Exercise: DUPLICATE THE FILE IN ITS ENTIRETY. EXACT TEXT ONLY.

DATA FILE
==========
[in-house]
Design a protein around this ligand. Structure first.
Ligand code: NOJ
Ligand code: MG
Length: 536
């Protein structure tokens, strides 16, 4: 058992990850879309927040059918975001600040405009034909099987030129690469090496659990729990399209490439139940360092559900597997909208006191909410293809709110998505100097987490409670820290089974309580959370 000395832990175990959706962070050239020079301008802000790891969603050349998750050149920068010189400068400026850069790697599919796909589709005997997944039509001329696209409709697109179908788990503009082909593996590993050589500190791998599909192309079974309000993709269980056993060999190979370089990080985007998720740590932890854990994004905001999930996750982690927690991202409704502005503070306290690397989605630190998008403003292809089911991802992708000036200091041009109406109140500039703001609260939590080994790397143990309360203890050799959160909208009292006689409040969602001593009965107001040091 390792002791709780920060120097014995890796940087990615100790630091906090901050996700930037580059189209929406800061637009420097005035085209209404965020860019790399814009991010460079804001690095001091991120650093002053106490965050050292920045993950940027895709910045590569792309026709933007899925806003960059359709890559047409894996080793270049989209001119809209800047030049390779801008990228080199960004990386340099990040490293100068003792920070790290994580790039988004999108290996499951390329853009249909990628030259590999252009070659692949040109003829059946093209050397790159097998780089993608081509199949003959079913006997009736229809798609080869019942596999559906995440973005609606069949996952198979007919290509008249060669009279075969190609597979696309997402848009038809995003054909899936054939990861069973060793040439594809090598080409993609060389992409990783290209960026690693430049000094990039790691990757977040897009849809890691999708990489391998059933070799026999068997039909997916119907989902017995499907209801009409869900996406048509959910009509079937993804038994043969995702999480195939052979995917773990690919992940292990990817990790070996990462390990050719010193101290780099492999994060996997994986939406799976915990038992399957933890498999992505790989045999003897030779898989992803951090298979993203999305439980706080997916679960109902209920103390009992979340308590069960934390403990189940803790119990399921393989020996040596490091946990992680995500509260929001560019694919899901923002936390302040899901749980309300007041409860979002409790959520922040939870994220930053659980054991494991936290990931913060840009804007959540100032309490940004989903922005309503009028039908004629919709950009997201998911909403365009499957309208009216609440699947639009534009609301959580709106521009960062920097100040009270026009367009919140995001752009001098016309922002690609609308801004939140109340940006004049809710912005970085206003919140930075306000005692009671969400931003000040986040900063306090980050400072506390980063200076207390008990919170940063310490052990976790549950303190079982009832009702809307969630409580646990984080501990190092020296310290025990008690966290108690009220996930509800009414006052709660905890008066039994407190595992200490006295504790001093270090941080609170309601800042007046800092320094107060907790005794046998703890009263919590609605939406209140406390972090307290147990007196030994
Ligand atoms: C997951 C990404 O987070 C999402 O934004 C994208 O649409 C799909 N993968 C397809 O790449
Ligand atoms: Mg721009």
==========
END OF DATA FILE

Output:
[in-house]
Design a protein around this ligand. Structure first.
Ligand code: NOJ
Ligand code: MG
Length: 536
């Protein structure tokens, strides 16, 4: 058992990850879309927040059918975001600040405009034909099987030129690469090496659990729990399209490439139940360092559900597997909208006191909410293809709110998505100097987490409670820290089974309580959370 000395832990175990959706962070050239020079301008802000790891969603050349998750050149920068010189400068400026850069790697599919796909589709005997997944039509001329696209409709697109179908788990503009082909593996590993050589500190791998599909192309079974309000993709269980056993060999190979370089990080985007998720740590932890854990994004905001999930996750982690927690991202409704502005503070306290690397989605630190998008403003292809089911991802992708000036200091041009109406109140500039703001609260939590080994790397143990309360203890050799959160909208009292006689409040969602001593009965107001040091 390792002791709780920060120097014995890796940087990615100790630091906090901050996700930037580059189209929406800061637009420097005035085209209404965020860019790399814009991010460079804001690095001091991120650093002053106490965050050292920045993950940027895709910045590569792309026709933007899925806003960059359709890559047409894996080793270049989209001119809209800047030049390779801008990228080199960004990386340099990040490293100068003792920070790290994580790039988004999108290996499951390329853009249909990628030259590999252009070659692949040109003829059946093209050397790159097998780089993608081509199949003959079913006997009736229809798609080869019942596999559906995440973005609606069949996952198979007919290509008249060669009279075969190609597979696309997402848009038809995003054909899936054939990861069973060793040439594809090598080409993609060389992409990783290209960026690693430049000094990039790691990757977040897009849809890691999708990489391998059933070799026999068997039909997916119907989902017995499907209801009409869900996406048509959910009509079937993804038994043969995702999480195939052979995917773990690919992940292990990817990790070996990462390990050719010193101290780099492999994060996997994986939406799976915990038992399957933890498999992505790989045999003897030779898989992803951090298979993203999305439980706080997916679960109902209920103390009992979340308590069960934390403990189940803790119990399921393989020996040596490091946990992680995500509260929001560019694919899901923002936390302040899901749980309300007041409860979002409790959520922040939870994220930053659980054991494991936290990931913060840009804007959540100032309490940004989903922005309503009028039908004629919709950009997201998911909403365009499957309208009216609440699947639009534009609301959580709106521009960062920097100040009270026009367009919140995001752009001098016309922002690609609308801004939140109340940006004049809710912005970085206003919140930075306000005692009671969400931003000040986040900063306090980050400072506390980063200076207390008990919170940063310490052990976790549950303190079982009832009702809307969630409580646990984080501990190092020296310290025990008690966290108690009220996930509800009414006052709660905890008066039994407190595992200490006295504790001093270090941080609170309601800042007046800092320094107060907790005794046998703890009263919590609605939406209140406390972090307290147990007196030994
Ligand atoms: C997951 C990404 O987070 C999402 O934004 C994208 O649409 C799909 N993968 C397809 O790449
Ligand atoms: Mg721009």